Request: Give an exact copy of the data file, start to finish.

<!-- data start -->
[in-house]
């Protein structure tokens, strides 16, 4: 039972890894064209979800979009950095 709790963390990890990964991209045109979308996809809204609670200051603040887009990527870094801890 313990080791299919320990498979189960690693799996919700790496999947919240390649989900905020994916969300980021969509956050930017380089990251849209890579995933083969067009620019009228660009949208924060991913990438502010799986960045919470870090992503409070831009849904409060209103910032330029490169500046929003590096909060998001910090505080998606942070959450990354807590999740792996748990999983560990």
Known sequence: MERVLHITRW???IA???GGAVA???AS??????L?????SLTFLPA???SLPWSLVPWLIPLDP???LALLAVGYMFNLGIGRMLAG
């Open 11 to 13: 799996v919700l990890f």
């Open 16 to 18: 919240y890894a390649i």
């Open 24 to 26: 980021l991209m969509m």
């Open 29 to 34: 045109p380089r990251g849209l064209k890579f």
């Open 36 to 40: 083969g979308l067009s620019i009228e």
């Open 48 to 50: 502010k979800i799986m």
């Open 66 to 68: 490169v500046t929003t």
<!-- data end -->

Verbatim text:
[in-house]
């Protein structure tokens, strides 16, 4: 039972890894064209979800979009950095 709790963390990890990964991209045109979308996809809204609670200051603040887009990527870094801890 313990080791299919320990498979189960690693799996919700790496999947919240390649989900905020994916969300980021969509956050930017380089990251849209890579995933083969067009620019009228660009949208924060991913990438502010799986960045919470870090992503409070831009849904409060209103910032330029490169500046929003590096909060998001910090505080998606942070959450990354807590999740792996748990999983560990």
Known sequence: MERVLHITRW???IA???GGAVA???AS??????L?????SLTFLPA???SLPWSLVPWLIPLDP???LALLAVGYMFNLGIGRMLAG
């Open 11 to 13: 799996v919700l990890f």
């Open 16 to 18: 919240y890894a390649i």
């Open 24 to 26: 980021l991209m969509m």
């Open 29 to 34: 045109p380089r990251g849209l064209k890579f």
């Open 36 to 40: 083969g979308l067009s620019i009228e």
């Open 48 to 50: 502010k979800i799986m």
């Open 66 to 68: 490169v500046t929003t």